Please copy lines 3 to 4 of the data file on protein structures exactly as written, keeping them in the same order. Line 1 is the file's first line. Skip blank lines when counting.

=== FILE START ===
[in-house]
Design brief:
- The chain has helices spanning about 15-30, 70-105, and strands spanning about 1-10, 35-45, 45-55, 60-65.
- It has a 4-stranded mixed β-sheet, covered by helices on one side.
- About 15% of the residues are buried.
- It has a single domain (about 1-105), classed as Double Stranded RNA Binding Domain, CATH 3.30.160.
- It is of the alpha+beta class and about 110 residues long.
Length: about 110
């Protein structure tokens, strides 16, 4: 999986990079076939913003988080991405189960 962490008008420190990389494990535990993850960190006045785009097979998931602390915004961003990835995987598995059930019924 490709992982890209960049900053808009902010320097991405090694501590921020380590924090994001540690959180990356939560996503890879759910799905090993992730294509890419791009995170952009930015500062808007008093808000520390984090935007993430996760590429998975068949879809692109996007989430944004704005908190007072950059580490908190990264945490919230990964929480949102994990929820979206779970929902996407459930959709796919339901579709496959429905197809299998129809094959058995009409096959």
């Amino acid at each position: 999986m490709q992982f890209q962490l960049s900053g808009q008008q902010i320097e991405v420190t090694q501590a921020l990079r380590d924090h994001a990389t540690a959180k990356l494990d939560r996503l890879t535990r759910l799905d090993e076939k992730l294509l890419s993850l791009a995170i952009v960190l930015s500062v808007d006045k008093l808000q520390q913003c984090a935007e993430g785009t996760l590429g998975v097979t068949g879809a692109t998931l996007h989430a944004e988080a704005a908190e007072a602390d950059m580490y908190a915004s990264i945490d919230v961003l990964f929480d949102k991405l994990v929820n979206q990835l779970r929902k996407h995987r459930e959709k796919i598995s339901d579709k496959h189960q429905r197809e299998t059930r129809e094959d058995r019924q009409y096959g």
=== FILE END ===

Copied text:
- The chain has helices spanning about 15-30, 70-105, and strands spanning about 1-10, 35-45, 45-55, 60-65.
- It has a 4-stranded mixed β-sheet, covered by helices on one side.